Translated by Lorenzo Chiesa

 

(This excerpt is from the “The Fire and the Tale,” the opening piece of  The Fire and the Tale. English translation ©2017 by the Board of Trustees of the Leland Stanford Junior University. All rights reserved. The Fire and the Tale was originally published in Italian in 2014 under the title Il fuoco e il racconto 

© 2014, Nottetempo.)

At the end of his book on Jewish mysticism Gershom Scholem tells the following story, which he learnt from Yosef Agnon:

When the Baal Schem, the founder of Hasidism, had a difficult task before him, he would go to a certain place in the woods, light a fire and meditate in prayer; and what he had set out to perform was done. When a generation later, the Maggid of Meseritz was faced with the same task, he would go to the same place in the woods, and say: “We can no longer light a fire, but we can pray.” And everything happened according to his will. When another generation had passed, Rabbi Moshe Leib of Sassov was faced with the same task, [and] he would go to the same place in the woods, and say: “We can no longer light a fire, nor do we know the secret meditations belonging to the prayers, but we know the place in the woods, and that can be sufficient.” And sufficient it was. But when another generation had passed and Rabbi Israel of Rishin was called upon to perform the task, he sat down in his golden chair, in his castle, and said: “We cannot light the fire, we cannot speak the prayers, we do not know the place, but we can tell the story of all this.” And, once again, this was sufficient.

It is possible to read this anecdote as an allegory of literature. In the course of its history, humanity moves further and further away from the sources of mystery and, little by little, loses the memory of what tradition taught it about the fire, the place, and the formula—but of all this men can still tell the story. What remains of mystery is literature, and “that can be sufficient,” the rabbi comments with a smile. The meaning of this “can be sufficient” is, however, not easy to grasp, and perhaps the destiny of literature depends precisely on how we understand it. If we simply understand it in the sense that the loss of the fire, the place, and the formula is somehow progress and that the result of this progress—secularization—is the liberation of the tale from its mythical sources and the establishment of literature—now autonomous and adult—in a separate sphere—that is, culture—then that “can be sufficient” really becomes enigmatic. It can be sufficient—but to what? Is it credible that we can be satisfied with a tale that is no longer in relation with the fire?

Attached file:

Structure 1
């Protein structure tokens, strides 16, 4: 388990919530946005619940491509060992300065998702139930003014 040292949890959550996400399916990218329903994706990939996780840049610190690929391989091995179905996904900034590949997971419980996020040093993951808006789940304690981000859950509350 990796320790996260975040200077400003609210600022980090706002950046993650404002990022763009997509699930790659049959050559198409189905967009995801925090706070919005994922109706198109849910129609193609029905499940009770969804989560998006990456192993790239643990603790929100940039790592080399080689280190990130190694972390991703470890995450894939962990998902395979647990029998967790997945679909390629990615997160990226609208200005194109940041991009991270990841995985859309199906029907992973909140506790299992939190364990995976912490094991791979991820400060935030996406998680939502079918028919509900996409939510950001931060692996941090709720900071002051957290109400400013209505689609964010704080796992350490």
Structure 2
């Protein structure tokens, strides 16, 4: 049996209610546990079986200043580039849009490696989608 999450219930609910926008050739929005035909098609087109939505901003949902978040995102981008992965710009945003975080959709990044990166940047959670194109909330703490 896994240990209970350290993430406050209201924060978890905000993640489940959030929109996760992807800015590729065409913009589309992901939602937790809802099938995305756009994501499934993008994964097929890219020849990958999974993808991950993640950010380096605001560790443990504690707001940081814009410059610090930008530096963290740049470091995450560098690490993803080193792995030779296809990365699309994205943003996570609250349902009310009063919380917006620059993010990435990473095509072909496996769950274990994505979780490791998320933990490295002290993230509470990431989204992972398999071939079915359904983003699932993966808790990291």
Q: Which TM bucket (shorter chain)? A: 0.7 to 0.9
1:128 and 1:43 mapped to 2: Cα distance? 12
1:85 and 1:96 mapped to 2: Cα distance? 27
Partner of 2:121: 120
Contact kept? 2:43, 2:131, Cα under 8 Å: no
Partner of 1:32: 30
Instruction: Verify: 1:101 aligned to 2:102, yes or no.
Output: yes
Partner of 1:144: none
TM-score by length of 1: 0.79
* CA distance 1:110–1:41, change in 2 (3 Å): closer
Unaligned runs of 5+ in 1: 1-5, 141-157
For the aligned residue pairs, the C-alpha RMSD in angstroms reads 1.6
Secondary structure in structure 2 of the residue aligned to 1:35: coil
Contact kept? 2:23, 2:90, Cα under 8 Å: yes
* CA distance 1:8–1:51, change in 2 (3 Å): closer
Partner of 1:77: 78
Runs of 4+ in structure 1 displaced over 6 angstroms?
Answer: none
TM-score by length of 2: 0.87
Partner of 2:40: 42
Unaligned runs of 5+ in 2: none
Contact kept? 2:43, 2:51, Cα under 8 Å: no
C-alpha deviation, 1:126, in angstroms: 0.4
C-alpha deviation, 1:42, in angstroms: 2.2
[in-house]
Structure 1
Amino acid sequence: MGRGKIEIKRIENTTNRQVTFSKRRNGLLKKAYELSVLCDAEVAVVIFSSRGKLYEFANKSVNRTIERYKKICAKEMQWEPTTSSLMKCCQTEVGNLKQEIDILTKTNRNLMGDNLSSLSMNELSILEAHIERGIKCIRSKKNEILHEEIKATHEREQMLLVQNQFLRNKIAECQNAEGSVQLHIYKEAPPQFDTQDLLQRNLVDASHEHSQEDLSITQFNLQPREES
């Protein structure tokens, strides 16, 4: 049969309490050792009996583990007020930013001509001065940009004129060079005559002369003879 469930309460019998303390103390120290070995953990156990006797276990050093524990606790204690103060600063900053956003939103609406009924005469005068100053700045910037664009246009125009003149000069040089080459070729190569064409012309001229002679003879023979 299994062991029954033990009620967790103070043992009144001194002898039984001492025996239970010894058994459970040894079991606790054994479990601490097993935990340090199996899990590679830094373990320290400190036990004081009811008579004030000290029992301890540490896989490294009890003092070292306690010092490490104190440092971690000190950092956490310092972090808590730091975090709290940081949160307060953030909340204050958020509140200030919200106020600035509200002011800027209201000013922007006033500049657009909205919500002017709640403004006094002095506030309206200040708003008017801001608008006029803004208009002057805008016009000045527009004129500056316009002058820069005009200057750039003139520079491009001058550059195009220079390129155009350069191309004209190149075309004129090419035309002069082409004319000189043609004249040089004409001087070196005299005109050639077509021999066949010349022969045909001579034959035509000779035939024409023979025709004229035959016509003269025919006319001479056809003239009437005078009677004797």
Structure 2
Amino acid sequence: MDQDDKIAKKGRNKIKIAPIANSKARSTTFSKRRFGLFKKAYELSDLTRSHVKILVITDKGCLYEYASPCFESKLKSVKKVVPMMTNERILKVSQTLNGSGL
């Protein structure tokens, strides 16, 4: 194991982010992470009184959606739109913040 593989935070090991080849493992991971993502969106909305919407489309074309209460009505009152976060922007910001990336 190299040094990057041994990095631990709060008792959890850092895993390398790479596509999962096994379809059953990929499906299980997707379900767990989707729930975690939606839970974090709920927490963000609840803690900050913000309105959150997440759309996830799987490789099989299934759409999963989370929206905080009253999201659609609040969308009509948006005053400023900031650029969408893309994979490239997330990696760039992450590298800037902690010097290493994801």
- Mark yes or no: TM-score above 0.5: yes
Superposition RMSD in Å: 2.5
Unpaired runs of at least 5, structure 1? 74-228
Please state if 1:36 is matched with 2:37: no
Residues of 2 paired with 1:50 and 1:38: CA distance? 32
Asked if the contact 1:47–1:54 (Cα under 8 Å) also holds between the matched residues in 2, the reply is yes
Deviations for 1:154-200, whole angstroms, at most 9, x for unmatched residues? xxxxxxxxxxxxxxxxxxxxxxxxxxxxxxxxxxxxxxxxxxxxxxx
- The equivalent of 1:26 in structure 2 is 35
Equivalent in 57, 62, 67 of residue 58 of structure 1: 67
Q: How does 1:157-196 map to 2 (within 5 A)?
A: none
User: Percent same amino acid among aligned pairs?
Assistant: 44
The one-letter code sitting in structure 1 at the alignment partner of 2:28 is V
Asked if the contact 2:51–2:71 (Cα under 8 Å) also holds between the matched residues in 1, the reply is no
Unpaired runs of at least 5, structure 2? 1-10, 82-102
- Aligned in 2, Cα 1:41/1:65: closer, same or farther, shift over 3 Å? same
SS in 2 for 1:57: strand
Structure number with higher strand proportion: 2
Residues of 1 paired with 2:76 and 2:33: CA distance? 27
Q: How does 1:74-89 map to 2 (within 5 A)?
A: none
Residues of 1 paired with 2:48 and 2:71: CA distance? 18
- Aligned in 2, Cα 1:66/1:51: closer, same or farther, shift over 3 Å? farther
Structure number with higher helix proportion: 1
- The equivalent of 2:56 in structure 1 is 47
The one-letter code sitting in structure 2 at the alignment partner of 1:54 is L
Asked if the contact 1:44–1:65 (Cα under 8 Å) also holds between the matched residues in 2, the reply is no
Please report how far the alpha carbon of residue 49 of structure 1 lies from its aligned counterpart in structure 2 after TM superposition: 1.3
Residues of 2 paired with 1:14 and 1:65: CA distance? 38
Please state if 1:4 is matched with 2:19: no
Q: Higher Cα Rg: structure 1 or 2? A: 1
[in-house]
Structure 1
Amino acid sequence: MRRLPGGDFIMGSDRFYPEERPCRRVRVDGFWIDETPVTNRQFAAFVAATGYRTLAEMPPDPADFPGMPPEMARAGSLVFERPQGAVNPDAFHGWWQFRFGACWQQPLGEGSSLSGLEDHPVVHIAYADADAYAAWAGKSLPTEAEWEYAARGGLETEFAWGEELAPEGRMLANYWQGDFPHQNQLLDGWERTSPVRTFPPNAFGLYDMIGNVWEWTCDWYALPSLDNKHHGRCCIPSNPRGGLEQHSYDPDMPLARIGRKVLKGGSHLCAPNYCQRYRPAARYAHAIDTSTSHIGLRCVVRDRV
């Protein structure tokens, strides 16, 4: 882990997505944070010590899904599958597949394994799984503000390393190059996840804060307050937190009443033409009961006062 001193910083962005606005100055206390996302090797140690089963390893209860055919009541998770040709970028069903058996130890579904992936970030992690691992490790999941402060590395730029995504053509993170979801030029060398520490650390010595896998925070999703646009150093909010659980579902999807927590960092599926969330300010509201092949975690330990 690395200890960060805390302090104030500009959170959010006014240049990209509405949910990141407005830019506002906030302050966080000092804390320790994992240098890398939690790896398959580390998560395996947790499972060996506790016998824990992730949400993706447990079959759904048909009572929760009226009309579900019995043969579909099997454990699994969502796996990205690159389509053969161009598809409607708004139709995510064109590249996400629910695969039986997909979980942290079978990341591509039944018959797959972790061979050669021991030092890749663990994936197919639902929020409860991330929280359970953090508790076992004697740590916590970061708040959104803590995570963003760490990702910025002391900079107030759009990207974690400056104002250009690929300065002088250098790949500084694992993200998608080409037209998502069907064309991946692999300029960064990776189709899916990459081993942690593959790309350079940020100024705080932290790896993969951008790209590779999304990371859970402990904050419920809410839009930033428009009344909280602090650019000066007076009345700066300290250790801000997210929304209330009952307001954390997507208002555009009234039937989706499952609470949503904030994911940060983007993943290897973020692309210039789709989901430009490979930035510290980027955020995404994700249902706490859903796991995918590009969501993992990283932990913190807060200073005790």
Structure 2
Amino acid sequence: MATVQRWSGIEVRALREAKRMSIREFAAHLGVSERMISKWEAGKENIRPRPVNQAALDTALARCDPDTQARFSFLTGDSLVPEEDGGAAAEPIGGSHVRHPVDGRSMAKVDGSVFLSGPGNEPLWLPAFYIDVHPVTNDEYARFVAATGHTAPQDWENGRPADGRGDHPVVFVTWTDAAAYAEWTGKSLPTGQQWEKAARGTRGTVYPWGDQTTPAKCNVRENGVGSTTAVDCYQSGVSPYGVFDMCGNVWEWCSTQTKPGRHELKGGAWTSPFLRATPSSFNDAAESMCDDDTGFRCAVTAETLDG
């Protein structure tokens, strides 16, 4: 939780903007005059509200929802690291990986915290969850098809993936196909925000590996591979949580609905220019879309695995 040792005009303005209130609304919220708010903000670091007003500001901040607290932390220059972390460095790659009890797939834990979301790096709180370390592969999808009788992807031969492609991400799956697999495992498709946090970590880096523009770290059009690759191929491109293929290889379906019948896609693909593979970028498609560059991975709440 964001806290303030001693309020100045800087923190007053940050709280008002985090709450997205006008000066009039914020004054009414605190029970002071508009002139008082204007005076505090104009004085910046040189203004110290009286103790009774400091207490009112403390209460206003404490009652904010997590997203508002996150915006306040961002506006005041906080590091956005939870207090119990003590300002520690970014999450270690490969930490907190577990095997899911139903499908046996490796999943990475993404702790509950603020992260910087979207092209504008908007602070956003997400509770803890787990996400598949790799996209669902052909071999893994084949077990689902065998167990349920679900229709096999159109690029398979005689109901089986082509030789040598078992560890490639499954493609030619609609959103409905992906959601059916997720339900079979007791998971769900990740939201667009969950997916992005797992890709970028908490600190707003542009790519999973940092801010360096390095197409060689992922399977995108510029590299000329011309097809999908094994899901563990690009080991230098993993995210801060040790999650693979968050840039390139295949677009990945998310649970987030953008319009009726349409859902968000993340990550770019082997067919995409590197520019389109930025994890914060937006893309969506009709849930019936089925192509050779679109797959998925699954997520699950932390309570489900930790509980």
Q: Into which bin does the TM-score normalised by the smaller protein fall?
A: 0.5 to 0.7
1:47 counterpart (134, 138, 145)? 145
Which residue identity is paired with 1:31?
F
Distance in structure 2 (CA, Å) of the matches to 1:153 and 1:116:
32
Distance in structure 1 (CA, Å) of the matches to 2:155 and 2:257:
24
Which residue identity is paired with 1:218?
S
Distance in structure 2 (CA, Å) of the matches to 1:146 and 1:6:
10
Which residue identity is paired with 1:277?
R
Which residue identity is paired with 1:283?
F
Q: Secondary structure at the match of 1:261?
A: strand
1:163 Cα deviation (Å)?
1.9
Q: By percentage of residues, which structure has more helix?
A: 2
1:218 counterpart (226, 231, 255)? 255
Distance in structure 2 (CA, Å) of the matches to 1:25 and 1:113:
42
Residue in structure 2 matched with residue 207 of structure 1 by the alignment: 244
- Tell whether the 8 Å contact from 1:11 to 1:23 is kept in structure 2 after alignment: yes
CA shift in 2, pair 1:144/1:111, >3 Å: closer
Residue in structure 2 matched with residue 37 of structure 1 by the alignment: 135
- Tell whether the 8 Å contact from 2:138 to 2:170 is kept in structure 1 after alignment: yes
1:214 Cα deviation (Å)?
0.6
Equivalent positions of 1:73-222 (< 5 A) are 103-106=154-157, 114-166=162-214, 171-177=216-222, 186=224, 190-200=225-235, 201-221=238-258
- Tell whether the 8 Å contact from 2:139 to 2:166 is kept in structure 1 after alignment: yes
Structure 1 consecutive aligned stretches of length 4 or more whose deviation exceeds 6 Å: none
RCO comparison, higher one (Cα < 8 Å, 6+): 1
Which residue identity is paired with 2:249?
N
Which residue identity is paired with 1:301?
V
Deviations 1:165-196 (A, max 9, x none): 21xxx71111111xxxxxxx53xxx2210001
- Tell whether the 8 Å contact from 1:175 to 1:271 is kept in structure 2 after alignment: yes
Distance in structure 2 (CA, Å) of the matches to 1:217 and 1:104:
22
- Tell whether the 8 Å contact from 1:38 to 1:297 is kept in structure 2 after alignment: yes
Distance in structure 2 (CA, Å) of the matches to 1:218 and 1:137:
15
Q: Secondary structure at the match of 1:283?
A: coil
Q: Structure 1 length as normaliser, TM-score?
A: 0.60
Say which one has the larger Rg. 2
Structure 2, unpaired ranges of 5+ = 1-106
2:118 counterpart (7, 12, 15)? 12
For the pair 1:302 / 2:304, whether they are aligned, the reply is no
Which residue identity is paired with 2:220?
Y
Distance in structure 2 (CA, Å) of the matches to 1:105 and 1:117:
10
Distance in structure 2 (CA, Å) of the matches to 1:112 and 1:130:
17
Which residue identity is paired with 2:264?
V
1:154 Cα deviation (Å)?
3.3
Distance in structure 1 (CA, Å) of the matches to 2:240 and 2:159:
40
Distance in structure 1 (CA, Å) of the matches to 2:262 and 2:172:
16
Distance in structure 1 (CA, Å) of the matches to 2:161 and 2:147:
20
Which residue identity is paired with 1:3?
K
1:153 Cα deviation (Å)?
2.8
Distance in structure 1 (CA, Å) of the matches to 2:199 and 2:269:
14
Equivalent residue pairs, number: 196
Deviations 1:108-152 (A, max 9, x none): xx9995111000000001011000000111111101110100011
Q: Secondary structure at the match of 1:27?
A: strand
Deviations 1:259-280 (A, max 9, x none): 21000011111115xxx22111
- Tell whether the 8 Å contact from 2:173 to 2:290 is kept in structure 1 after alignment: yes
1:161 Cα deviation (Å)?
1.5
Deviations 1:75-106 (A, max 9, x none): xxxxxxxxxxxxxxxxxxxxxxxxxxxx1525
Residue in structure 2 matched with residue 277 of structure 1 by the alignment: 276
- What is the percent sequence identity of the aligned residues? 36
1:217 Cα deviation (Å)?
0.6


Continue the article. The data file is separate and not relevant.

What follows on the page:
After all, by saying “we can tell the story of all this,” the rabbi claimed exactly the opposite. “All this” means loss and forgetting, and what the tale tells is indeed the story of the loss of the fire, the place, and the prayer. Each tale—all literature—is, in this sense, a memory of the loss of the fire.